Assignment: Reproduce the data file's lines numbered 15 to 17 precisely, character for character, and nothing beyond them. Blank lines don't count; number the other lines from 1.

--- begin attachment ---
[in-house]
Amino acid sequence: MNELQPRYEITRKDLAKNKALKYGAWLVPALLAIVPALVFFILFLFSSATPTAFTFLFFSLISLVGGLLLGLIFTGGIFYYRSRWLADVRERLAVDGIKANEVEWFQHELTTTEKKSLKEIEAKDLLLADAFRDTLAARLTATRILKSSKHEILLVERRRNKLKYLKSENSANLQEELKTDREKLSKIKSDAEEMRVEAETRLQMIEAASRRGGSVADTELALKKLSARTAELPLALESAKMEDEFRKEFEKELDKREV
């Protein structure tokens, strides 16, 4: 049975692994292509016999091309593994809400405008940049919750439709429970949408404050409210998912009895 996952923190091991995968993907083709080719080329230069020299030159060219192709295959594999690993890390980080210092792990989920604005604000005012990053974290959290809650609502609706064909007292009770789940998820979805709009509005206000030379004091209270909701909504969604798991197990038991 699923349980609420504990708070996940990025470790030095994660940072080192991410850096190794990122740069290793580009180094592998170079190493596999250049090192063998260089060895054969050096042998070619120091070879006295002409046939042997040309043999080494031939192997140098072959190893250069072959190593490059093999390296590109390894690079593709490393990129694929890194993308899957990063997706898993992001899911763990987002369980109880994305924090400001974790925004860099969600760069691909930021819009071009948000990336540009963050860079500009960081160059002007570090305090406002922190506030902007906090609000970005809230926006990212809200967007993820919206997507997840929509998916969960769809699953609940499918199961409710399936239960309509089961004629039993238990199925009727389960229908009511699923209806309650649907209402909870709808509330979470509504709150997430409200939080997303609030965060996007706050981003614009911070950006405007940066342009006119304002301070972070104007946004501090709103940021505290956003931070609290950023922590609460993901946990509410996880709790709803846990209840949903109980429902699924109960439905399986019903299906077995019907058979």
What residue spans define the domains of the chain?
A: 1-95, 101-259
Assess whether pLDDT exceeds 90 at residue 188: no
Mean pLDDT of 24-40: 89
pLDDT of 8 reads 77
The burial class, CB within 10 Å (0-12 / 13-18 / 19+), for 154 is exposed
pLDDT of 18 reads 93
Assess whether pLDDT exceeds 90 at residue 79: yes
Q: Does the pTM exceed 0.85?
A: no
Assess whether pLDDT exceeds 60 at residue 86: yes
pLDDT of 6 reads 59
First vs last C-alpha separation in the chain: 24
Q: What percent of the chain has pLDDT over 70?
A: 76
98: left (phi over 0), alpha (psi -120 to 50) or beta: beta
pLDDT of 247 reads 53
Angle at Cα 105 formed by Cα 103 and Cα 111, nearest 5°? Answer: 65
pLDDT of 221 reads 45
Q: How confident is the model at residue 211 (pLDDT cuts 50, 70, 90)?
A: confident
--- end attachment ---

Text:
pLDDT of 6 reads 59
First vs last C-alpha separation in the chain: 24
Q: What percent of the chain has pLDDT over 70?